Lavendar - Annual? Perennial?

kim0201July 8, 2007

I planted three healthy lavendar plants last year (can't remember the variety) & they did not come back this year. I was sure it was something I did & then I began to question if the variety I planted might not be annual. I always thought of lavendar as a very hardy perennial until I recently saw some lavendar w/ tags marked annual at a Home Depot nursey. Do you know if there are annual varieties? Would love to try them again, but may have to rethink the location in my yard. Thanks so much.

Thank you for reporting this comment. Undo
granite(z6 NC)

Lavender is perennial, but some varieties are tender and would not have overwintered. What is your growing zone? French and Sweet Lavender as well as a number of the Spanish lavenders do not overwinter here. The English lavenders as well as Grosso and Provence do well here in zone 6b.

    Bookmark   July 8, 2007 at 2:25PM
Thank you for reporting this comment. Undo

Hi Granite: According to, my zone is 6-7. Perhaps I'll go w/ zone 6 to be safe. I notice you are in zone 6b. What does the 'b' represent?

My mother is in the same zone & has lavender growing lushly. I'm also wondering if my soil didn't drain well. I may try again & amend the soil as it's very claylike in the spot I placed the plants last year.

Thank you for responding.

    Bookmark   July 8, 2007 at 4:41PM
Thank you for reporting this comment. Undo

All lavenders are perennials, but they can be short-lived - they are best replaced after 5-7 years, though of course some do break the rules!

If it dies in winter, it dies of cold, not because it's anything but a perennial. It's just in the wrong place for it.

'Perennial' is a botanical classification, based on a plant's behaviour in its natural habitat. It is not a description of a plant's behaviour in a particular climate.

You can say, however, that 'a plant is TREATED AS as (perennial, annual, biennial) in a particular climate'.

    Bookmark   July 8, 2007 at 6:23PM
Thank you for reporting this comment. Undo

Thanks Daisy. That's a good explanation. I'm going to try growing lavender again & will definitely pay better attention to the details. I think it's just too lovely of a plant to NOT work at having some in my own garden.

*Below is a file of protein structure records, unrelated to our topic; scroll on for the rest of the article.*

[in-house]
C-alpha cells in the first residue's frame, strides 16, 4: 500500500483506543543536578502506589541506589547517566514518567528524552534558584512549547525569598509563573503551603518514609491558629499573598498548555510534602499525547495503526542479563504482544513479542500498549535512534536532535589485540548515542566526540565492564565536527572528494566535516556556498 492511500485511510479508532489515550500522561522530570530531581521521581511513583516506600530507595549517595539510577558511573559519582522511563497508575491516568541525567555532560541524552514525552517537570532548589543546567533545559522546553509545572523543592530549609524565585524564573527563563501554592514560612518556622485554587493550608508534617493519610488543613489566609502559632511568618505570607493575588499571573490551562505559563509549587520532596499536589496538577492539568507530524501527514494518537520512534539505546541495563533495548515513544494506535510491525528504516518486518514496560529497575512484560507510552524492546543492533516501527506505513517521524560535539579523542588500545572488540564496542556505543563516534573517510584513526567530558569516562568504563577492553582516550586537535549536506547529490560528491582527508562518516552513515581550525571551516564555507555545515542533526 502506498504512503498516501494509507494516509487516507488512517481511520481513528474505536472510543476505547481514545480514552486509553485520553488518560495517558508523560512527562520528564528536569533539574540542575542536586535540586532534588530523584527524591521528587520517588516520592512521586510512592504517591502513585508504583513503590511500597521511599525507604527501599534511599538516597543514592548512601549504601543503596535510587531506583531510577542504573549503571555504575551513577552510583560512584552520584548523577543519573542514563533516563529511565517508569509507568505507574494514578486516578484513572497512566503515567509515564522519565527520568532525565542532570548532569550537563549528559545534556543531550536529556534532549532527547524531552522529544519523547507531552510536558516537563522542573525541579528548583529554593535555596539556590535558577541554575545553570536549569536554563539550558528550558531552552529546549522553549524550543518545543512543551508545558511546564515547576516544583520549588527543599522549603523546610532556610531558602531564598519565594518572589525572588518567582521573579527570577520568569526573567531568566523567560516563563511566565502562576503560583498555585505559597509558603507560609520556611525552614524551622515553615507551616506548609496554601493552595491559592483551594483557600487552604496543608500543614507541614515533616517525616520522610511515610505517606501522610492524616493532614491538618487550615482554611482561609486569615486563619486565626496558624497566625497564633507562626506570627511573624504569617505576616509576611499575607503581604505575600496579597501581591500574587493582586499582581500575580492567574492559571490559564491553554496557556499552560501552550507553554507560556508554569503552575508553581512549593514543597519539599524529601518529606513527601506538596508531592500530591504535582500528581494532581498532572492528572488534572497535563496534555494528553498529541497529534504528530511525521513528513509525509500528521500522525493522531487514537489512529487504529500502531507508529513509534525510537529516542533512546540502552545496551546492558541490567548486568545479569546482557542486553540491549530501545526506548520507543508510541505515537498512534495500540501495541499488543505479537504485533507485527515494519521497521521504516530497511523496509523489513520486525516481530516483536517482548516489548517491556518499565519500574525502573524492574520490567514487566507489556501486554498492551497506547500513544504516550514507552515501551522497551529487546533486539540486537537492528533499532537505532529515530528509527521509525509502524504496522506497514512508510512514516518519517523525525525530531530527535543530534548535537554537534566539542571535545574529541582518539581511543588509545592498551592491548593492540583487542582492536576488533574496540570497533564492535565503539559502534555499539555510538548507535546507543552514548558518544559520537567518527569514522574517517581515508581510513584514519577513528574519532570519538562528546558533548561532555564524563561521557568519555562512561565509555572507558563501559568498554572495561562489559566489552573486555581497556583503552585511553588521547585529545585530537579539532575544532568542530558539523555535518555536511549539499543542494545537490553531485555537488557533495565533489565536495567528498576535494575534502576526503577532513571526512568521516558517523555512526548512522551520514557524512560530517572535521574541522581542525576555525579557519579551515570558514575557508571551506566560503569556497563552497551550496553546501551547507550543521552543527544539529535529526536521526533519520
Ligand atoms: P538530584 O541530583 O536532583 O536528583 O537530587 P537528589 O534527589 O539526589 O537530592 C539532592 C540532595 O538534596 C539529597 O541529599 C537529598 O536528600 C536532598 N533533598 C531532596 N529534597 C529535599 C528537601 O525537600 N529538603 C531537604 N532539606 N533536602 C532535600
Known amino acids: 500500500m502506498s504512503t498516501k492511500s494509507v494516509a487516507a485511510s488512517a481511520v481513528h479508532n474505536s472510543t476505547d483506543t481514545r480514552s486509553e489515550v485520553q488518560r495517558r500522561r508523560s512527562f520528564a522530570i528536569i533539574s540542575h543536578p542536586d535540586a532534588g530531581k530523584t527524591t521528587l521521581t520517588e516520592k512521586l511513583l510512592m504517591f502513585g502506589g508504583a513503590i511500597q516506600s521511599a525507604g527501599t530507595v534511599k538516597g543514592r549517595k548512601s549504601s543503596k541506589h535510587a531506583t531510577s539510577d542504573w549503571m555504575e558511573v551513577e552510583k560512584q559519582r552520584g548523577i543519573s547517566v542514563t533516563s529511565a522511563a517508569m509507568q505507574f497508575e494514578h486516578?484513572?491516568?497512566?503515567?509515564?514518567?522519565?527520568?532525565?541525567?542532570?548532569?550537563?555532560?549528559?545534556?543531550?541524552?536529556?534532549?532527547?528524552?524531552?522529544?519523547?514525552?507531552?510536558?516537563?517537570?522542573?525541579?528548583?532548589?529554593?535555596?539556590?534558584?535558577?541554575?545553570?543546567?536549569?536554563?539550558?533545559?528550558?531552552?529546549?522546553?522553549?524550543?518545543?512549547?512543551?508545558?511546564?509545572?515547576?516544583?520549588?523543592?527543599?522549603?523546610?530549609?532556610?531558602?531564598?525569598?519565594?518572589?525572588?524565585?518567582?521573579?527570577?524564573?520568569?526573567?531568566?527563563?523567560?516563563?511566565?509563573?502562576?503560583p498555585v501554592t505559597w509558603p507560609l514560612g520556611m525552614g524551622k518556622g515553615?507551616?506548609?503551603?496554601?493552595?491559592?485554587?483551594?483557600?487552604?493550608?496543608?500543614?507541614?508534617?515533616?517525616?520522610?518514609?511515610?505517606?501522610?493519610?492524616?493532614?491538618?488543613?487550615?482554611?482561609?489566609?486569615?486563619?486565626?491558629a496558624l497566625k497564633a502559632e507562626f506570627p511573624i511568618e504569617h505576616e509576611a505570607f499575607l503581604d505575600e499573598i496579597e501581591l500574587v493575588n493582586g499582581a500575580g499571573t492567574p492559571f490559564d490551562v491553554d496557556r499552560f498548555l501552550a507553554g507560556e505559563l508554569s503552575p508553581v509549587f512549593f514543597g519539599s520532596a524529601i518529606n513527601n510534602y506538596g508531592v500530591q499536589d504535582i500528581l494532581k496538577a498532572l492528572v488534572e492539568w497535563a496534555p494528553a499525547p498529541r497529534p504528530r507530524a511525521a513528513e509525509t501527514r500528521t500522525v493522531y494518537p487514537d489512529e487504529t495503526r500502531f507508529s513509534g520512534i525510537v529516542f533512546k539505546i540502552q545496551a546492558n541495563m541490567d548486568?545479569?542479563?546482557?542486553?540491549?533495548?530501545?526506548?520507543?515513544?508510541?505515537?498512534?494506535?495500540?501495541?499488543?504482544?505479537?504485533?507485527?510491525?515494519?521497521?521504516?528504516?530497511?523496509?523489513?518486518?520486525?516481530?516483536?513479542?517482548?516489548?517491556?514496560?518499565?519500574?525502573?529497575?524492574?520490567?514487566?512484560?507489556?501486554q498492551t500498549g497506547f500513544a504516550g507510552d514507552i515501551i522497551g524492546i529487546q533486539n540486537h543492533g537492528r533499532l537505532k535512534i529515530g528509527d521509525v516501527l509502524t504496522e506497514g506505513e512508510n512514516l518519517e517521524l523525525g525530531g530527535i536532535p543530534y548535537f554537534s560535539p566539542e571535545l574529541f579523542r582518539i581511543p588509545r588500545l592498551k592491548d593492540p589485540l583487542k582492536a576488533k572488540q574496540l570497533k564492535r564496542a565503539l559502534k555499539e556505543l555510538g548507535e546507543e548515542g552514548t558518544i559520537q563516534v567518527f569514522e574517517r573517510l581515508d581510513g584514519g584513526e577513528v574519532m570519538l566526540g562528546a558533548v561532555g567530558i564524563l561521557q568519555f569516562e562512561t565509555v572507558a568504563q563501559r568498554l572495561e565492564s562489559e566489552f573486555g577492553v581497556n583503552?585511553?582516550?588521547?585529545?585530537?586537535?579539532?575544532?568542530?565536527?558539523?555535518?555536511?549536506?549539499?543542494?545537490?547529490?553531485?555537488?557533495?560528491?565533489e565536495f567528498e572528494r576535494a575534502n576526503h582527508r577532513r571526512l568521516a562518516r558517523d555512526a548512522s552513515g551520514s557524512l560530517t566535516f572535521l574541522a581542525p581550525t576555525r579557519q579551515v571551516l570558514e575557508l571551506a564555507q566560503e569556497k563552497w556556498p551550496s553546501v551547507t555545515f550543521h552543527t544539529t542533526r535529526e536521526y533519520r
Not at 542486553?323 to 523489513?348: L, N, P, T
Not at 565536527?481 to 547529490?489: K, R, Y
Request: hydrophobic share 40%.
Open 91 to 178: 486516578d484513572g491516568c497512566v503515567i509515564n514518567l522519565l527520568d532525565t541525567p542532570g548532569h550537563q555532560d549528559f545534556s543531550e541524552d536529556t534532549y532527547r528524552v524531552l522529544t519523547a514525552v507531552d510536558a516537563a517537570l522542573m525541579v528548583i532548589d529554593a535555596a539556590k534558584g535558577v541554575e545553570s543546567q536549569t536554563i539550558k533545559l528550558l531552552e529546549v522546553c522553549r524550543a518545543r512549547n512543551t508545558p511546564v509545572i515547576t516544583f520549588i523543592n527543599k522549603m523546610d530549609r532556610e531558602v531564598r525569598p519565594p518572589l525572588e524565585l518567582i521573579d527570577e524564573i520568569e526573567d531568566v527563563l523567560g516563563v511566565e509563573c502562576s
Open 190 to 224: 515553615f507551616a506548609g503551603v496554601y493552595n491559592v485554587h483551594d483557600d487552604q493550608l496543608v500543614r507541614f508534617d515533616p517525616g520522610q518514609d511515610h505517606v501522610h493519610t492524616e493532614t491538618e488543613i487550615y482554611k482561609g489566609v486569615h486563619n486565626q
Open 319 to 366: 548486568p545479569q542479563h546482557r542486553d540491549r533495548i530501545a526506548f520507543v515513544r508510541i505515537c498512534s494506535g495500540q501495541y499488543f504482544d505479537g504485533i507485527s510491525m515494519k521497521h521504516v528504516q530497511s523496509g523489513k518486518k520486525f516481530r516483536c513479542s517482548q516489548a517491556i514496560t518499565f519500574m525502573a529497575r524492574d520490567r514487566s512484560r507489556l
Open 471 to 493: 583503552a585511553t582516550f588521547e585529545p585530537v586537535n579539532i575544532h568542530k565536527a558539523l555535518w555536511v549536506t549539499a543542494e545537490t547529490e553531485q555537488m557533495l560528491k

Bookmark   July 8, 2007 at 8:02PM
Thank you for reporting this comment. Undo
tas123(z5 MI)

I tried for years to get lavender to overwinter in clayish soil without success. It really needs good drainage. Once I changed the environment and used cultivars rated for colder areas, I had much better success.

    Bookmark   July 9, 2007 at 5:06PM
Thank you for reporting this comment. Undo

Thanks for the encouragement tas123. I think lavender will be worth the effort once I get it established.

    Bookmark   July 9, 2007 at 9:36PM
Thank you for reporting this comment. Undo
granite(z6 NC)

Kim0201, some of the zoning maps split the zones into "a" (cooler) and "b" (warmer) sections within the zone. My area of the mountains on some maps is listed as zone 7, in others as zone 6, and in the more detailed maps as a zone 6b. The elevation here makes for a cooler climate at night and earlier/longer/cooler winters than a traditional zone 7.

The soil here is red clay. I planted my original lavender bushes on either side of a gravel walkway in 1996. The original bushes are still there, although they are very woody and unruly now so I will be in the process of replacing them with younger plants over the next year or so. I have lavender spread all over the yard now, children of the original plants. The varieties that did not overwinter well here are: Silver leaf, Goodwin Creek, Sweet, French. The most prolific bloomers of the many, many varieties I've grown here are Provence and Grosso; both are intermediate lavendulas that mature into 4-6' size bushes.